Wednesday, September 4, 2019

Sleeping habits are genetic: Individuals are pre-disposed to sleep at different times

You might struggle to fall sleep or stay awake at the same time as everybody else. It is not your fault, according to science. Discover how your body follows a sleeping clock that you can't control.

You are not alone - I also struggle to sleep at the right times

I have constantly fought to keep the same sleeping schedule as everybody else. I refer to myself as a night owl. My body and my mind have plenty of energy at night and I can get so much done with a few extra hours of work after everybody else has gone to bed. Unfortunately, my body drags throughout the first half of the day as a result. I used to chalk this up to a bad sleeping schedule, but research suggests otherwise.

We all have different chronotypes

I watched a TEDx Talk by Dr. Michael Breus, a sleep doctor who addresses the fact that different people tend to fall asleep and awake up at different times. We typically refer to people who struggle to fall asleep at night, yet struggle to be awake during the day, as night owls. We refer to people who wake up super early with bouts of energy, but can't stay awake too long past their bed time, as early birds.

A person's chronotype determines which category they fall under in terms of their sleeping patterns. Dr. Michael Breus revolutionized the way that we look at chronotypes by categorizing them into 4 categories instead of the typical 2. He argues that instead of the usual 'night owl' or 'early bird' chronotypes, there are actually 4 different chronotypes. He names them 'lions', 'bears', 'dolphins', and 'wolves'.

The difference between lions, bears, dolphins and wolves 

Dr. Michael Breus explains that lions are the type of people who wake up super early and have most of their energy at the beginning of the day. They also tire quickly and struggle to stay awake soon after night fall. Bears make up most of the population. They wake up soon after sunrise and go to bed after night fall. Society has modeled itself after the bear's sleeping schedule. Dolphins struggle to have a good night's sleep in general and are commonly self-confessed insomniacs. They crave long bouts of sleep but usually can't sleep for too long before they wake up. In their cases, this often leads to feelings of anxiety or depression. Wolves refer to people who feel the most awake during the second half of the day and late into the night. They often struggle to stay awake before 12 pm.

This chronotype is hardwired into our DNA

A very interesting aspect of Dr. Breus' presentation was the fact that our preferred sleeping patterns are more than just a culmination of our lifestyle choices: Genetic tests can determine a person's chronotype. This means that when we feel sleepy and when we feel awake is hardwired into us on a genetic level.

He explains that the circadian rhythm and time-sensitive hormone secretions govern our energy levels and the way that we operate. You can watch his presentation here:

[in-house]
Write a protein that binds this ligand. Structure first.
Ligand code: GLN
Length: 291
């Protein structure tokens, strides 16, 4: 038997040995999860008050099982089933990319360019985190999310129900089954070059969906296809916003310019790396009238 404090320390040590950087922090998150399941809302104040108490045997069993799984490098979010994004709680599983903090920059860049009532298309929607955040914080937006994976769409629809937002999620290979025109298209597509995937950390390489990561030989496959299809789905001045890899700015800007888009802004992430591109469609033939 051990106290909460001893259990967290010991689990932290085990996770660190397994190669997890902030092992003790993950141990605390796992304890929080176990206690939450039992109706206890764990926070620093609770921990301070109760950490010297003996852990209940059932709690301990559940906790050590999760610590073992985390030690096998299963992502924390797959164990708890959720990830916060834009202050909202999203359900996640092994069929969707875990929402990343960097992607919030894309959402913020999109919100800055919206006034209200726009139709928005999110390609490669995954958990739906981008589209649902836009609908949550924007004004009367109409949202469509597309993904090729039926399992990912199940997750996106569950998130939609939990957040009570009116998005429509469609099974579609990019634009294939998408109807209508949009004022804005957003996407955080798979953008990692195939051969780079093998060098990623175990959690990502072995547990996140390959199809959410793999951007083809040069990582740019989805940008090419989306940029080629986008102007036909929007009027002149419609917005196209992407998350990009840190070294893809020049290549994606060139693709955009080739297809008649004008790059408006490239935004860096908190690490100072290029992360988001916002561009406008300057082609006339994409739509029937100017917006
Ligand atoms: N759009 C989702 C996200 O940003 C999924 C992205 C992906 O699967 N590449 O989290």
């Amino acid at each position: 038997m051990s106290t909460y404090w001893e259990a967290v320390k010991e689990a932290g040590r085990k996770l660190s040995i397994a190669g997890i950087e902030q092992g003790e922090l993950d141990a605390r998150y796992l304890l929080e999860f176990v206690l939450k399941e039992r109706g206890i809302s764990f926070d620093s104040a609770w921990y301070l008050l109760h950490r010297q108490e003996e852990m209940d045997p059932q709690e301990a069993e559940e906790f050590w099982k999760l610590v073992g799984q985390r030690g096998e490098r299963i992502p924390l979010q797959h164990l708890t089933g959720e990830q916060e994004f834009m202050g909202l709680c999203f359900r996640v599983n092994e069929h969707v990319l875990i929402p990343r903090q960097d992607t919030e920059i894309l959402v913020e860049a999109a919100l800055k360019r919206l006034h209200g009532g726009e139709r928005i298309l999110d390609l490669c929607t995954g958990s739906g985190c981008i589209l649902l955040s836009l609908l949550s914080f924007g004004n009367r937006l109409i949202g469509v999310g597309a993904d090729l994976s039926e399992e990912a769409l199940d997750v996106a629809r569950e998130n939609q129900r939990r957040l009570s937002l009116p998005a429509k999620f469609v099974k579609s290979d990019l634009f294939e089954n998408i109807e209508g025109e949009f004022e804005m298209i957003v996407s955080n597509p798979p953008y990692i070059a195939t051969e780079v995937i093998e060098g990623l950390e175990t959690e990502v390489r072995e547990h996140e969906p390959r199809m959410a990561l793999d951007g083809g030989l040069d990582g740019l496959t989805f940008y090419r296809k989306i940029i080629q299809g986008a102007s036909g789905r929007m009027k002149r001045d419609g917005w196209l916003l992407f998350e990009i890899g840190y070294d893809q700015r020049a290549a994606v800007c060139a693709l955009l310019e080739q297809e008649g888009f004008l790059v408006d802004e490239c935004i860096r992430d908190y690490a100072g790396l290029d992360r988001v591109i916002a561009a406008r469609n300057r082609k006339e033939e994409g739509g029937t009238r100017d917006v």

Adjusting your lifestyle to match your chronotype

Adjusting your lifestyle to correspond with your sleeping preferences, instead of the other way around, has shown remarkable health and productivity benefits for Dr. Breus' patients.

The Genetic connection to sleep is not a new idea

You might wonder if Dr. Breus was the only one to explain how sleep patterns are encoded into our genes. There is a lot of scientific evidence that shows that how we sleep (and how much sleep we need) is determined by genetic factors. Live Science covers a study that found that two parts of our DNA reveal how much sleep we need on an individual basis. You can read the original study here, which directly states that sleep patterns are a hereditary trait. You can find more scientific evidence on the connection between genetics and sleep here.

Can you change your chronotype?

Tuck says that you can't - or at least not deliberately. Our chronotypes change naturally as we progress through life. Young children are generally natural early morning rises. This reverses as they progress into teenage years. Teenagers tend to be more awake during later hours and require more sleep in the later morning hours. Older people tend to rise up earlier and slumber sooner.

Adam Conover from 'Adam Ruins Everything' comically covers how high-school students are hardwired to sleep later in the day. You can check out the video here:

Do lifestyle factors affect sleep?

Yes they do. The time between your last meal of the day and when you sleep will affect sleep quality. Midnight snacking is another factor that negatively affects sleep. One of the benefits of regular exercises is its ability to increase sleep quality, improve energy production and enhance mental and physical recovery. I have also covered how sleeping too much can be just as bad for you as sleeping too little. This list of ways to coax your body into sleep can also be effective in helping you to get a good night's rest.

Can you train your body to wake up and sleep at specific time of the day?

I will be conducting my own experiment to see whether I can change when my body feels energized and when it wants to sleep. I will try to do this by exercising and practicing relation methods at certain times of the day to signal when my body should sleep. The results (along with conclusions and actionable advice) will be posted on this site in a week's time. Wish me luck!

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